-----

Be sure to give each of them a chance to respond to you. Be clear that you are not attacking them or demanding anything. Let them know that you see this as a problem for you, and you would like their help in addressing it.

I think it would be valuable to do this even if it ends up being something that you determine is "silly". If you find that it's because they DO believe that you are less than "equal", then that sounds like really good information to have.

That's what I'd like to think that I would do in such a situation.

Dave said...

Well, so much for using angle brackets in comments. The first sentence of the section in quotation marks should read:

"When you ~action~, I've noticed..."

Sorry for the misuse of html characters. :P

polyfulcrum said...

I'll second what Dave shared, and add a few additionals to boot! Franklin Veaux, in the xeromag site, has some great resources for those considering entering relationships with pre-existing dyads. http://www.xeromag.com/fvsecondary.html#bor and http://www.xeromag.com/fvsecondary.html#thoughts
Some well-considered information.

That said, equality and fairness are difficult to quantify, and it's not particularly useful, in my opinion, to work off of the scorecard model of relationship.

When someone enters a well-established relationship dynamic as a third party, and has an expectation of parity and priority equal to those who have been in relationship with each other for many years within a few weeks/months, this seems a bit unrealistic.

Rather than seeking "equality", it seems more useful to ascertain that there is room to grow into, and if there is a ceiling on that. Create your own place within the dynamic. It will be different than what the couple shares. Different doesn't need to mean "less than".

Ask for what you want, based on your own needs, rather than what someone else is getting. You may find that a V configuration feels more authentic for you than a equilateral triad, and that's okay too.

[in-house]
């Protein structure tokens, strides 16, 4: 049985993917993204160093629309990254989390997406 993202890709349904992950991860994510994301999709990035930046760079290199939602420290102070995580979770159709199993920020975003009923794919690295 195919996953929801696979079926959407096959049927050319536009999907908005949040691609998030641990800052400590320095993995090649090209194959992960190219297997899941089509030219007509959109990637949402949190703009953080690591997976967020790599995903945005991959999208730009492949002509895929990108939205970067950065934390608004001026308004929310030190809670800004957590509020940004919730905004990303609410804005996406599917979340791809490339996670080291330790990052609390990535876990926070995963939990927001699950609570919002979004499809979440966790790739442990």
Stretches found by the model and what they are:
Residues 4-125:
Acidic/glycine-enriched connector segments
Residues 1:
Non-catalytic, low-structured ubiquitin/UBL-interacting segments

The main things that make a difference for me in that dynamic are feeling included and considered. Discover what types of things and actions help you feel included and considered, communicate those clearly, reinforce it with your partners when you are getting what you need, and allow the relationship to grow!

Specialfxlady said...
This comment has been removed by the author.
Specialfxlady said...

I enjoyed reading this post. I'm only looking for one other partner in addition to my primary right now because I don't have the emotional resources or time to juggle multiple partners in addition to developing friendships - which are both important! With my schedule it wouldn't be fair to the acquaintances that I have if I somehow found room for a bunch of other lovers while I wasn't ever able to see the acquaintances and most importantly I wouldn't enjoy not having the time to see my acquaintances. So it's not always one way or one reason with poly stuff!

Racheal Jacobs said...

Being equal in a polyfi relationship will take time to evolve, but it will occur. Anonymous needs to sit down with their partners and discuss their need to be equal and to derive a plan to do so.

Missy said...

This topic is a live one for me right now -- I'm half of the pre-existing pair in a "mono-plus-one" equilateral triad. We all ended up here unexpectedly. I find myself frequently anxious that our third (who's been with us less than a year, vs. 10 years for us first two) may feel like a second-class citizen. This overlaps with coming-out issues. On the other hand, *I* sometimes feel like the odd one out in certain contexts. Does that make it better, if even the original partners take turns feeling one-down? :)

polyfulcrum said...

Hi Missy!

Thank you for sharing your experience with us. :) It sounds like a really normal fluctuation in finding equilibrium within a relationship system. Anytime a significant factor enters the picture, it's going to be an adjustment. Even positive change is still often stressful on an exisiting system.

@specialfxlady: I can understand why you are interested in finding only one additional connection, and applaud you for recognizing the importance of keeping up friendships etc, but can you share with me why it feels important that the new person be sexually/emotionally fidelitous as well? Or did I read things differently than intended?